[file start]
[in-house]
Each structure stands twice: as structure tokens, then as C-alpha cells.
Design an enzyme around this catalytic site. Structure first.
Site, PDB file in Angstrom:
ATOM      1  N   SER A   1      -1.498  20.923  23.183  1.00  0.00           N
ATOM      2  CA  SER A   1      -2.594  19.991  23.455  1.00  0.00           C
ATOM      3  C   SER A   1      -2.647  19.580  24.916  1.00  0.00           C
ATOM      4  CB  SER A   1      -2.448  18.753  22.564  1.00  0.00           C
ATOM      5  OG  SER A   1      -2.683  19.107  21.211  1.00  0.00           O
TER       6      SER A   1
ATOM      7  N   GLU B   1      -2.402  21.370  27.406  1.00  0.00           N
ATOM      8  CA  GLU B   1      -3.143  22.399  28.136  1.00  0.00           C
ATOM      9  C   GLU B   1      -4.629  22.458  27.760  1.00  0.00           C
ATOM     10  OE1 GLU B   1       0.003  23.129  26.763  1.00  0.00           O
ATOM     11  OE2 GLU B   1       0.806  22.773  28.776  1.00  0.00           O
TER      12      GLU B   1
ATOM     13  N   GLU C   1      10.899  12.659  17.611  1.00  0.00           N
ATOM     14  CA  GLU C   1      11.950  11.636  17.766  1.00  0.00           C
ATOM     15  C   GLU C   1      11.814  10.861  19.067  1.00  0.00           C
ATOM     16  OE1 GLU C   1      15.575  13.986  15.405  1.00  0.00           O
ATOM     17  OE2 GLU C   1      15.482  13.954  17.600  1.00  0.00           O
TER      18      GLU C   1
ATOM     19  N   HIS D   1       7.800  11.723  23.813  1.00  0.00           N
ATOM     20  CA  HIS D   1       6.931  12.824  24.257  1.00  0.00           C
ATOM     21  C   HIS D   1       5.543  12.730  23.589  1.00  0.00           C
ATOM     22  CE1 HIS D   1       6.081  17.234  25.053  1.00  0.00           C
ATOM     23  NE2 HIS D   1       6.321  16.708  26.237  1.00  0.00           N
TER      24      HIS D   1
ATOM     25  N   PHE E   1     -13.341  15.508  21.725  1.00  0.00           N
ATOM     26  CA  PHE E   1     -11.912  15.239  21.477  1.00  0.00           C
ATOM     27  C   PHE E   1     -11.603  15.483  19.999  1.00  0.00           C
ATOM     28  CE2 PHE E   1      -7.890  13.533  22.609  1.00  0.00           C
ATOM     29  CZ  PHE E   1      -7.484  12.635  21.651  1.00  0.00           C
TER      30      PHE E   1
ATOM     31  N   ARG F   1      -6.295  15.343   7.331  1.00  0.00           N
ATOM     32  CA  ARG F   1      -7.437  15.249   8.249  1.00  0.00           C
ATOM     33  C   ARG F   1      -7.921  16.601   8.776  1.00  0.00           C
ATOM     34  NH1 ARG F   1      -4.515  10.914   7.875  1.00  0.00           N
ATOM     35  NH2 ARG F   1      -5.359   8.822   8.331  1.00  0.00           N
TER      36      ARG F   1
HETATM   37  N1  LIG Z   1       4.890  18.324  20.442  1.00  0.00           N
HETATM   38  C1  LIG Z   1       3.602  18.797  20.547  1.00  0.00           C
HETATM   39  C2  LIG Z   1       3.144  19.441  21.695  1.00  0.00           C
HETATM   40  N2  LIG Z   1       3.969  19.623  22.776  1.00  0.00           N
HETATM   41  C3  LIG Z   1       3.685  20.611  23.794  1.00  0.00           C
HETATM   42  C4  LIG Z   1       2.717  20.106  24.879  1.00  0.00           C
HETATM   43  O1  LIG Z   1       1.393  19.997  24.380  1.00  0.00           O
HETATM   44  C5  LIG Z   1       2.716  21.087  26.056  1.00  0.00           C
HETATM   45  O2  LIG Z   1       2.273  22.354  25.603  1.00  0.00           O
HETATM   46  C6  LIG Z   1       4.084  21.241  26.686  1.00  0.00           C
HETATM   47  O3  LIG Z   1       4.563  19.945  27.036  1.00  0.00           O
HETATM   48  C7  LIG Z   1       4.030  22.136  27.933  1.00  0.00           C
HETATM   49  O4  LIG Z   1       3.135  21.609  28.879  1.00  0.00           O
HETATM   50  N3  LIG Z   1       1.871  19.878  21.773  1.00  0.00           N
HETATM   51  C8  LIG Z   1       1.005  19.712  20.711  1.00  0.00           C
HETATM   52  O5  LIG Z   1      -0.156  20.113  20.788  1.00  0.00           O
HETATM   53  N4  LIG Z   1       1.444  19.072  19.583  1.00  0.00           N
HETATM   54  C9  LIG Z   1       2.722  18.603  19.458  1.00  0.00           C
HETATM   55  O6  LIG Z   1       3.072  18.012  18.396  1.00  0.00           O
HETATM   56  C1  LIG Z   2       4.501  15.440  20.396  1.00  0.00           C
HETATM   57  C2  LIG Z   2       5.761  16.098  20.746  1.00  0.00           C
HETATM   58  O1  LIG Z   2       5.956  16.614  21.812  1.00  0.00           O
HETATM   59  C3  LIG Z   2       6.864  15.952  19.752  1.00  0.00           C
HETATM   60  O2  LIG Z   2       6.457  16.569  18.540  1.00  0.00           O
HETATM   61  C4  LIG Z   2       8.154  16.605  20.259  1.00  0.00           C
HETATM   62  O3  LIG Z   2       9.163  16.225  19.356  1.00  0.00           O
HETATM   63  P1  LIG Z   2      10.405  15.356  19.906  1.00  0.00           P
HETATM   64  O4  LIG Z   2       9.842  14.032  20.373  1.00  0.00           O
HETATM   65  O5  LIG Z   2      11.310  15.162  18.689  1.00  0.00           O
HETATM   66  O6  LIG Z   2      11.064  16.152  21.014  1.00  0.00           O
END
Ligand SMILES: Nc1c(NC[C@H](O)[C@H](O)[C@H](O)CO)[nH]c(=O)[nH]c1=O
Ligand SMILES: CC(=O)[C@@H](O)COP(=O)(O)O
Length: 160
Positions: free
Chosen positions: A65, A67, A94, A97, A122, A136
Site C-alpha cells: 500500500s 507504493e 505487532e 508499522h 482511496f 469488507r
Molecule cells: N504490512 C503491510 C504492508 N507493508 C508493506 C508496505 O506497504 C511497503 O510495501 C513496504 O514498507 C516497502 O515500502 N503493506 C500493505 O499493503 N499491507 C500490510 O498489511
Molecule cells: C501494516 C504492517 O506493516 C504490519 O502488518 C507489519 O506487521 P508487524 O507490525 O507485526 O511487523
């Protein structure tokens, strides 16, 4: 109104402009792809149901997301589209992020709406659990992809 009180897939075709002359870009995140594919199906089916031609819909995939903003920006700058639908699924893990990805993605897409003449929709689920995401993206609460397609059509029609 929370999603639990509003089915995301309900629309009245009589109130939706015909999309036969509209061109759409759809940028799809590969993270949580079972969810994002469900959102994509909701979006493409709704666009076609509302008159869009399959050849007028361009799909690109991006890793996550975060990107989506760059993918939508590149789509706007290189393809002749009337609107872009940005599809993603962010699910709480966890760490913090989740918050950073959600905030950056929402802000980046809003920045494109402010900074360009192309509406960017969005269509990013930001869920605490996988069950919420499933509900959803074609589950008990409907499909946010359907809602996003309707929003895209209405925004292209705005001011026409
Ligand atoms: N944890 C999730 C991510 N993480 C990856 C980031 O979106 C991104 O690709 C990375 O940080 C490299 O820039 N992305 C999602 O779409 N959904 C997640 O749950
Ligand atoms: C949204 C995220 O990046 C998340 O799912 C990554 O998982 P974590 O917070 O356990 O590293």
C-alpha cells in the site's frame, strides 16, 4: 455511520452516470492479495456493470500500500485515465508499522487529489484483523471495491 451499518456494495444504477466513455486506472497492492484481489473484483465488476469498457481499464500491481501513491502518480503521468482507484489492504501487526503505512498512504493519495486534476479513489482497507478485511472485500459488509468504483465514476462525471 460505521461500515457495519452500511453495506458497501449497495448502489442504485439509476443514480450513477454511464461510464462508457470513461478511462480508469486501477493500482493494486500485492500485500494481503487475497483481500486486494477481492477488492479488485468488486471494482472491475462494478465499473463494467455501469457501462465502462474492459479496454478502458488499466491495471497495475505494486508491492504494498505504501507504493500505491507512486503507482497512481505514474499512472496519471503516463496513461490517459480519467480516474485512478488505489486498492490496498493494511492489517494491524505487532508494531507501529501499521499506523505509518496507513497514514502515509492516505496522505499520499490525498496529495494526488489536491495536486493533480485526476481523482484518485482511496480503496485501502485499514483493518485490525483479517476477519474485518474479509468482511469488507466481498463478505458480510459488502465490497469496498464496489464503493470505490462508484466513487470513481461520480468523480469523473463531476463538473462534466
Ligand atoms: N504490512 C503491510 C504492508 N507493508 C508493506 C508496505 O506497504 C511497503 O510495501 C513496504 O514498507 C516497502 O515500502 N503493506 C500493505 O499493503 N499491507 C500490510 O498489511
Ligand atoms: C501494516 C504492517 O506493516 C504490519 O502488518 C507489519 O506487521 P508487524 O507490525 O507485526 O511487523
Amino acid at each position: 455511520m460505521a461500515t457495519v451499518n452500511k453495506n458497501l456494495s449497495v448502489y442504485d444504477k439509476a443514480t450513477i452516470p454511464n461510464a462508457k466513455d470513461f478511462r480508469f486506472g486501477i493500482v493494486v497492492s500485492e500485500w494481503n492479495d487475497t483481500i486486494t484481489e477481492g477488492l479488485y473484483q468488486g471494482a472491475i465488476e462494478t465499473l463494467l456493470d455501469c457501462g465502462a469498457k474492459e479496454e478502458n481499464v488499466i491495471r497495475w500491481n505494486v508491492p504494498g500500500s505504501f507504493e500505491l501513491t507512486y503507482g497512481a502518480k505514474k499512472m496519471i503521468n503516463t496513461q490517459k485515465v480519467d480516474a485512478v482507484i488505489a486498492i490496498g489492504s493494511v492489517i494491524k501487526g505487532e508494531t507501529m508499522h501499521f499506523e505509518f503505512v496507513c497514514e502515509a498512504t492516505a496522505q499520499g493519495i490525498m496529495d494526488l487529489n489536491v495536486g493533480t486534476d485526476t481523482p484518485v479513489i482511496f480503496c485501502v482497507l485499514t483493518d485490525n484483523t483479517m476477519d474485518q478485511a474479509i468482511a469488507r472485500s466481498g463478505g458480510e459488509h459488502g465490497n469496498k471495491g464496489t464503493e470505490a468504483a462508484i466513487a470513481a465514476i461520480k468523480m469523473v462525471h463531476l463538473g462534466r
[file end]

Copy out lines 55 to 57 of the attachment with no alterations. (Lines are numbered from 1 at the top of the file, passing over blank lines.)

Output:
HETATM   51  C8  LIG Z   1       1.005  19.712  20.711  1.00  0.00           C
HETATM   52  O5  LIG Z   1      -0.156  20.113  20.788  1.00  0.00           O
HETATM   53  N4  LIG Z   1       1.444  19.072  19.583  1.00  0.00           N